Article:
Exposing 5 Common Battery Myths

By Tracey Dowdy

There are plenty of hacks for conserving battery power, but not all hacks are created equal. In fact, as technology has advanced from the early days of mobile phones, many of the tips and tricks we’re using to improve battery life are simply not effective any more, if they ever were.

We all know turning down your screen brightness, disabling location services from unnecessarily running in the background and switching to airplane mode to keep your phone from searching for signals will all extend battery life. However, you may have been doing things like letting the battery completely run down before recharging or killing apps to extend that battery life. Does that really help?

Check out these common myths about batteries to find out.

Myth #1 – You need to fully charge the battery before using a device for the first time.

Nope. The idea of charging to 100% before first use goes back to when fully charging the battery helped the battery to calibrate. These days, smartphones, tablets and laptops today are equipped with lithium ion batteries that calibrate themselves.

Myth #2 You can overcharge a battery by leaving it plugged in too long.

Nope again. Lithium ion batteries also recognize when they are fully charged. When your battery reaches 100%, charging automatically stops and the power is cut off. Older batteries weren’t as “smart,” so leaving them plugged in too long could lead to overheating which was bad for long-term battery life. Side note: Overheating is still a possibility if you use a phone case that doesn’t allow the heat to dissipate.

Myth #3 – You should allow the battery to drain completely before recharging.

The truth is allowing your battery to drain completely every day will reduce its effectiveness over time. Batteries have a limited number of charge cycles in their lifetime and allowing the battery to drain to zero counts as a full charge cycle. Older nickel cadmium and nickel-metal hydride batteries would “forget” their capacity, so in order to fully charge, they first had to fully drain. Lithium ion batteries don’t have the same memory issue, but experts do recommend draining to 0% and then fully charging every one to three months to help with calibration.

Myth #4 – You can only use the “official charger” that came with the device.

Yes and no. Obviously the charger supplied by the manufacturer is ideal, but as anyone who has ever owned an iPhone will tell you, those chargers sometimes have the life cycle of county fair goldfish. If you do need a replacement or even a back up charger, it’s not necessary to buy the identical charger as a replacement. Modern USB chargers are standardized and often the only difference you’ll find is in the time it takes for the device to recharge. On the other hand, and it’s a big hand, be very careful of cheap knock-off chargers. You can trust off-brand manufacturers like Belkin or KMS, but if you’ve never heard of the brand and it’s at a price that seems too good to be true, it generally is.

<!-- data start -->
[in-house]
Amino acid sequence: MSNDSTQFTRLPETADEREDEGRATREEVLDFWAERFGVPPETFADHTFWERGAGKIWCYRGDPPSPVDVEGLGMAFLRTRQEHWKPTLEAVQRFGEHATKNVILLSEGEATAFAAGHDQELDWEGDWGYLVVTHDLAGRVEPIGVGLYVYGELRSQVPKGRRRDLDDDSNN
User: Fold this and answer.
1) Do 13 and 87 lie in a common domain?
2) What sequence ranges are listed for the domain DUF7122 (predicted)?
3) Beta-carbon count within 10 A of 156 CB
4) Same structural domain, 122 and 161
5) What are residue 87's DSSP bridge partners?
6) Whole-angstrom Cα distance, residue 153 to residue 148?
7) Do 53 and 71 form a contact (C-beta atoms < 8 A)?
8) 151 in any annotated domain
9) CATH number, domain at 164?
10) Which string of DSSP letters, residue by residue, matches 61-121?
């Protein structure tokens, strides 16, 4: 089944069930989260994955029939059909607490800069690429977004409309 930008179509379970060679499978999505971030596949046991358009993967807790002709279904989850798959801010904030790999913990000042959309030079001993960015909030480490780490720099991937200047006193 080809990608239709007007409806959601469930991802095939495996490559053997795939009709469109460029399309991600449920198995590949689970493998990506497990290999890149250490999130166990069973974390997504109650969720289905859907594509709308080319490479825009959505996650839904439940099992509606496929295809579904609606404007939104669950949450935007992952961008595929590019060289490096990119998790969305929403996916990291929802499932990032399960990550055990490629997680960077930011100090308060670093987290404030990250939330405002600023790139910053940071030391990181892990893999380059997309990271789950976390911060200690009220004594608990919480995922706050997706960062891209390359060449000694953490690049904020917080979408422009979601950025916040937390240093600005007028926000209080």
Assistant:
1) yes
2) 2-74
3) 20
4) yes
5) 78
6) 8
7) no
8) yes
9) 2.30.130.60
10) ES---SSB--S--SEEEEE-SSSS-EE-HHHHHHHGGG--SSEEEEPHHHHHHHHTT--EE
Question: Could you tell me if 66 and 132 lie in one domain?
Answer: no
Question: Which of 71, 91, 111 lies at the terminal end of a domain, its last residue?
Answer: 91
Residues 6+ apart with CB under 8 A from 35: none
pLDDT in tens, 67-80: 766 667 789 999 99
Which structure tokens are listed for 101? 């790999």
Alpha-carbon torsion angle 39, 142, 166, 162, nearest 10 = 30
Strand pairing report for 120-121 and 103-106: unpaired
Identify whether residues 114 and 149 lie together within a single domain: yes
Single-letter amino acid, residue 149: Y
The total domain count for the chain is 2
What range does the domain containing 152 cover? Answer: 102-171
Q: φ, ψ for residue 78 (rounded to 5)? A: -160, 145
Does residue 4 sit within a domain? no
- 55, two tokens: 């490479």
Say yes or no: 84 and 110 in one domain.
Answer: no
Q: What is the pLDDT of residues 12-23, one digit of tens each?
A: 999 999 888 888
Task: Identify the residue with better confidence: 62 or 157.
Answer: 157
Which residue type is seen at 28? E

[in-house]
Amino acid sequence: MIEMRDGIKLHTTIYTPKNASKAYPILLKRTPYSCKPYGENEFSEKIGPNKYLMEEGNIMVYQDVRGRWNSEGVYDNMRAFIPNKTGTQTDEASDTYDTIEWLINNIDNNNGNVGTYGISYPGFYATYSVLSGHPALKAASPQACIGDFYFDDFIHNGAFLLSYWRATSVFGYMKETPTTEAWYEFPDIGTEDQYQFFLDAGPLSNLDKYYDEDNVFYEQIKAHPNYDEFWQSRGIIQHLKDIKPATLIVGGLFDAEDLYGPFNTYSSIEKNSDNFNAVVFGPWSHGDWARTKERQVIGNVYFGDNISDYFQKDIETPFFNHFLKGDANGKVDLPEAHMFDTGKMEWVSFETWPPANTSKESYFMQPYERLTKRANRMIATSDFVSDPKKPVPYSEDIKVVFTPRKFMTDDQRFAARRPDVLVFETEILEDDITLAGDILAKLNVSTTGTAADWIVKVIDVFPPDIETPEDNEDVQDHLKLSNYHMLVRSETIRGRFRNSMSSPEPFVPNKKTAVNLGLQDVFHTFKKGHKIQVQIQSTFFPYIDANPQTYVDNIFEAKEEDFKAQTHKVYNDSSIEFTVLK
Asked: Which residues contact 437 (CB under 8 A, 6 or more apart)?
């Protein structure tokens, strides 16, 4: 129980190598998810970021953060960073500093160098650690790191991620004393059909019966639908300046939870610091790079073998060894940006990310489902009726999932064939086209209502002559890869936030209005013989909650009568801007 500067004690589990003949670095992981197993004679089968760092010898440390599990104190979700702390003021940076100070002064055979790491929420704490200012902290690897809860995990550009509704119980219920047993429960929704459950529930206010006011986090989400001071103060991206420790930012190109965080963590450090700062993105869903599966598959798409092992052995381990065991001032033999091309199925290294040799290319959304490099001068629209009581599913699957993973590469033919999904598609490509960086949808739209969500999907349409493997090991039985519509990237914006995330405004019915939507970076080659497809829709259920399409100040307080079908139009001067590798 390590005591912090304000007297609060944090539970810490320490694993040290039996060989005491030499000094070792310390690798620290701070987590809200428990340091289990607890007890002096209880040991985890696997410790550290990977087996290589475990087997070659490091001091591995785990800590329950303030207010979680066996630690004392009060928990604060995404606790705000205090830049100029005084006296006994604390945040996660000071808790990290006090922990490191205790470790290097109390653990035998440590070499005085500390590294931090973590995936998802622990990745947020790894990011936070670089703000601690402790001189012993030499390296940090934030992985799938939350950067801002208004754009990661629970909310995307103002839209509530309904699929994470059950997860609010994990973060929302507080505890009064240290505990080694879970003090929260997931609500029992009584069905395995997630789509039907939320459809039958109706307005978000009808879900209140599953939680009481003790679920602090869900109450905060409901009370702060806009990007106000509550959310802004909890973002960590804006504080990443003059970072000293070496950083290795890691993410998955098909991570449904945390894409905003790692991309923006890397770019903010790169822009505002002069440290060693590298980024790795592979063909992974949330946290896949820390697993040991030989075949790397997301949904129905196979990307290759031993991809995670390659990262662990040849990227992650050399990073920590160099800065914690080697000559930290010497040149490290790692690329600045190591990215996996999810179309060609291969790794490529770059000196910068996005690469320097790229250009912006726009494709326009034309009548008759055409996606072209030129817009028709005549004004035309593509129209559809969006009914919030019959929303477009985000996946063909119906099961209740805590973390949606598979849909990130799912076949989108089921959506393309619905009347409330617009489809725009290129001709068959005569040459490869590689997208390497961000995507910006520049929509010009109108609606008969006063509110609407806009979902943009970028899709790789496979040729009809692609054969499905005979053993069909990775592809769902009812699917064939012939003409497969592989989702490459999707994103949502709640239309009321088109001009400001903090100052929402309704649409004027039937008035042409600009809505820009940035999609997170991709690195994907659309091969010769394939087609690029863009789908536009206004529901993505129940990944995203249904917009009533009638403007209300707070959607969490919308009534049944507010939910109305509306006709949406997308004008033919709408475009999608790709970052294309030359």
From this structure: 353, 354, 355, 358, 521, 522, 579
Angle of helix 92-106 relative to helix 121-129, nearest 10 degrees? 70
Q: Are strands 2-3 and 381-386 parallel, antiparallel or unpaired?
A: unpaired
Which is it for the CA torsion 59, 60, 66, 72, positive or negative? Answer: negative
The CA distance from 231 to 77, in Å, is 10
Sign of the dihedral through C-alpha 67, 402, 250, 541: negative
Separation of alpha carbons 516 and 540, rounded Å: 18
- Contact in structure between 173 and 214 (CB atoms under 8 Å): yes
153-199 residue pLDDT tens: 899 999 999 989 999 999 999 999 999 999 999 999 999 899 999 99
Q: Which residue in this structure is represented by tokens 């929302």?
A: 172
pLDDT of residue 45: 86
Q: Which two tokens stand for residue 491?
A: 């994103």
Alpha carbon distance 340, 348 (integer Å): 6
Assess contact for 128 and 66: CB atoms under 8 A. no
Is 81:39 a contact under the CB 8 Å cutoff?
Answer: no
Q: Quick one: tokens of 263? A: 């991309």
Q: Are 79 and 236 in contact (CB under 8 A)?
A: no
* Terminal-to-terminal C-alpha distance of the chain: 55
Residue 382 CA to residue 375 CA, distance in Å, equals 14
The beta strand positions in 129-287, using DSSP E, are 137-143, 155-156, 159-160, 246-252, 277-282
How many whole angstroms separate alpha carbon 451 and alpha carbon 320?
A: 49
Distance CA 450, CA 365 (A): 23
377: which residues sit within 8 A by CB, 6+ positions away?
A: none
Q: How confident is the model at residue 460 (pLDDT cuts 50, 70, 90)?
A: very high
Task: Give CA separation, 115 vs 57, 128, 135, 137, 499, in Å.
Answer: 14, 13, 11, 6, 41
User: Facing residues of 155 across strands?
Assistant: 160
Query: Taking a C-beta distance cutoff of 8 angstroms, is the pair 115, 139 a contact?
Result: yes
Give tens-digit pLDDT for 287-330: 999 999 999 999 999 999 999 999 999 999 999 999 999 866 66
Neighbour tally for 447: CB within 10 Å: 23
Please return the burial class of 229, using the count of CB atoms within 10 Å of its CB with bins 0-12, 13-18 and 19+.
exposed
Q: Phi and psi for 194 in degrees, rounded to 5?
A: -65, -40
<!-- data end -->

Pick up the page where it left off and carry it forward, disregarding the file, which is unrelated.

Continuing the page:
Myth #5 – Closing apps on your phone extends battery life.

Since our phones function as tiny computers it’s natural for you to think that the operating systems would work the same way as our laptops and tablets. And you’d be wrong. When you leave an app, your phone pauses it in its current state, storing it in the phone’s RAM. And though they show up in your task manager, apps aren’t actually draining the battery. So, when you kill an app, you’re actually taking it out of the phone’s memory and forcing it to find and reload when you open and launch the app again.

Keep in mind that with improvements in cell phone contracts, many people don’t hang on to phones more than two years. As a result, the lifecycle of the battery isn’t as critical as it is for devices like tablets and laptops that we tend to own for longer periods of time.

Tracey Dowdy is a freelance writer based just outside Washington DC. After years working for non-profits and charities, she now freelances, edits and researches on subjects ranging from family and education to history and trends in technology. Follow Tracey on Twitter.





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